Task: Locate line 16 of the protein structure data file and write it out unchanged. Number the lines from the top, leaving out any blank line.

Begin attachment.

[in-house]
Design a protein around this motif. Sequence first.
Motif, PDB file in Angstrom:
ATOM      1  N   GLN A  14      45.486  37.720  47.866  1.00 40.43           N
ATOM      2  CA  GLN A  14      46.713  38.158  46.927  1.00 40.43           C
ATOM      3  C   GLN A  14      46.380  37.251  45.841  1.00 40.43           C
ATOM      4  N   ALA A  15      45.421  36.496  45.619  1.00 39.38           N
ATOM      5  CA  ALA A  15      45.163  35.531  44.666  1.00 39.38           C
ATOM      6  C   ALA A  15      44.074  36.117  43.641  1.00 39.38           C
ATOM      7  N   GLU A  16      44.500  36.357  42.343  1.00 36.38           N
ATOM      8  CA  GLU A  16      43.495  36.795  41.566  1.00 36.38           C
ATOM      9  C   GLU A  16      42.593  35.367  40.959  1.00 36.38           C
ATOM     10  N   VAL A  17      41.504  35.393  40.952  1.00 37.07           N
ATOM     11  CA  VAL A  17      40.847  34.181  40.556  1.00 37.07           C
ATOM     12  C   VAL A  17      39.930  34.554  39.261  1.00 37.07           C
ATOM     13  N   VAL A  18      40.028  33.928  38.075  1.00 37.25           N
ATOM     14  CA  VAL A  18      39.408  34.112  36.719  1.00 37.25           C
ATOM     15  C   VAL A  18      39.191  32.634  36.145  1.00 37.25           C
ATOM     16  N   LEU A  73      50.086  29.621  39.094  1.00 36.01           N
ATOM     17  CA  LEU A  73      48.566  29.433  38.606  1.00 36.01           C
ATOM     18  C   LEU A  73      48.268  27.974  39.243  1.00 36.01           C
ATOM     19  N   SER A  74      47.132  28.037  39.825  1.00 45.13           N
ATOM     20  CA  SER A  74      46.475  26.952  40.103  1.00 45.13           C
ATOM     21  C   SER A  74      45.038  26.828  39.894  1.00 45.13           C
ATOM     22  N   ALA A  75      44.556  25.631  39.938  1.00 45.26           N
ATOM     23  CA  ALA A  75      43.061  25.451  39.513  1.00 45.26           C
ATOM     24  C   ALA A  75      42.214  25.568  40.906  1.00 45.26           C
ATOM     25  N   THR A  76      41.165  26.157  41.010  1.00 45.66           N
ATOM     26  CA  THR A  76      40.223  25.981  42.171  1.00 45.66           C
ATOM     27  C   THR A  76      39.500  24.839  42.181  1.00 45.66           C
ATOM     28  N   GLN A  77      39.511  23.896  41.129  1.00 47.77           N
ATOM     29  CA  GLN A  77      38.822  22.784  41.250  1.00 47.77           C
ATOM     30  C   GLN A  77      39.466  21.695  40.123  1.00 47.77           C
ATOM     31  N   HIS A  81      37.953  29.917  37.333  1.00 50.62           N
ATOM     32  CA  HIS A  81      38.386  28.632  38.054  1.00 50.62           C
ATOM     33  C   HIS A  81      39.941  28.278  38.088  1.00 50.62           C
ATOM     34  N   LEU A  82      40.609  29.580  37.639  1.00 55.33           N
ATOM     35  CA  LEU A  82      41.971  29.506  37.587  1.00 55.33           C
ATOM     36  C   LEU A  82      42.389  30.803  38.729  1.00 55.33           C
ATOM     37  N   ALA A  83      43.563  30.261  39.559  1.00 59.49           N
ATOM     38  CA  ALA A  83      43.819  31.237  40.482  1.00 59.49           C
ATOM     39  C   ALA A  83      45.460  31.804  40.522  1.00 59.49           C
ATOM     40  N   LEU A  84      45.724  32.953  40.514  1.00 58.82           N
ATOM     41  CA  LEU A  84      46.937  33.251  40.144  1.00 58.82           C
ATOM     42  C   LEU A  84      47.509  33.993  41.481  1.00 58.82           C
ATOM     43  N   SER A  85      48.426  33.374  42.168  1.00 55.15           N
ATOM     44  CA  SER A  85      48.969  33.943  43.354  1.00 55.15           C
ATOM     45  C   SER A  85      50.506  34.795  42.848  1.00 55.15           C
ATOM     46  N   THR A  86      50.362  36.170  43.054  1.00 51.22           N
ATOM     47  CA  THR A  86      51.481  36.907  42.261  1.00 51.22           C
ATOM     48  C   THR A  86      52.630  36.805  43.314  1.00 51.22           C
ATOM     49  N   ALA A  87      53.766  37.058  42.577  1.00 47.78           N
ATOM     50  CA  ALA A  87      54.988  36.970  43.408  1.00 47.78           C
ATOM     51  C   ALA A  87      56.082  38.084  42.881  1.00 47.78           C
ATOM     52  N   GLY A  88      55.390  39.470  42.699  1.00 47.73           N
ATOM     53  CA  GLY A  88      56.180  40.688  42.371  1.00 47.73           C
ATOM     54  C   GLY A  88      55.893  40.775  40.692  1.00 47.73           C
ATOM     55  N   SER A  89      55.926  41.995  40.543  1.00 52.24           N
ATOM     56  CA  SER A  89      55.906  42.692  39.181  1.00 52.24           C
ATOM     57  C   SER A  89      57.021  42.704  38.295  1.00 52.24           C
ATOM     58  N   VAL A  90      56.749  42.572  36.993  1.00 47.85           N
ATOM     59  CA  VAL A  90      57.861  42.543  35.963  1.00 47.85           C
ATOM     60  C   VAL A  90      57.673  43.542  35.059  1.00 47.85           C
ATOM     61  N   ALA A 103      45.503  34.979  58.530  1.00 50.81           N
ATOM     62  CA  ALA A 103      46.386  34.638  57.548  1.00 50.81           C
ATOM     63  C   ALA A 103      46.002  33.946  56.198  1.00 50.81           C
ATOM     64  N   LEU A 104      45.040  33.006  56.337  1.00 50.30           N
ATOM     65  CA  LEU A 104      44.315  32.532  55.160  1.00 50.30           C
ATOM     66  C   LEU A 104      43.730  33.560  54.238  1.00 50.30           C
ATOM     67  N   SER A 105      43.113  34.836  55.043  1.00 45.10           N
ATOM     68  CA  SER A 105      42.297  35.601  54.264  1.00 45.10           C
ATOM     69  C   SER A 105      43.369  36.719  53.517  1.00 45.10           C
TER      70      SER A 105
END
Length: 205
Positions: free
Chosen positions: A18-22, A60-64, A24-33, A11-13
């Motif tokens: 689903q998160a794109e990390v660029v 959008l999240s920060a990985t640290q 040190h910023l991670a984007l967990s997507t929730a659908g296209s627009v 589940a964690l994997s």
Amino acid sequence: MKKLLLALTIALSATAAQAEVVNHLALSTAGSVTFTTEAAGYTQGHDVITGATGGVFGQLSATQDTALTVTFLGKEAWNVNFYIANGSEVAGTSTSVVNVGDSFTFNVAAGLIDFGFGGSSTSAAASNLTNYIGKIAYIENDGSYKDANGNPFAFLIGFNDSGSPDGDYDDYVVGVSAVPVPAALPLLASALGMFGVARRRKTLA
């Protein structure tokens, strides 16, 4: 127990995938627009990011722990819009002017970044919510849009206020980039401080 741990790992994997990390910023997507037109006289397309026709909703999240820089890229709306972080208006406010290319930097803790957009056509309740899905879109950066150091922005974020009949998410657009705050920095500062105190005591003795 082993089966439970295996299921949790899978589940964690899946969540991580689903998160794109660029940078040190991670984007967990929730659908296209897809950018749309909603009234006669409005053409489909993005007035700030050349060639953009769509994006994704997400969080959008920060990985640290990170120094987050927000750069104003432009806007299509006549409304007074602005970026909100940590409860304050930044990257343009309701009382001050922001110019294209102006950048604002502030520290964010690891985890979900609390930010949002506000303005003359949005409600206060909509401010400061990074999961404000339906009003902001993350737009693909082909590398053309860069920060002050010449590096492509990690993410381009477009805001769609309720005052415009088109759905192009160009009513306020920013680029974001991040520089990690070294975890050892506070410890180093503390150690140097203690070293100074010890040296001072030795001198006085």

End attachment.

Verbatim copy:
ATOM     13  N   VAL A  18      40.028  33.928  38.075  1.00 37.25           N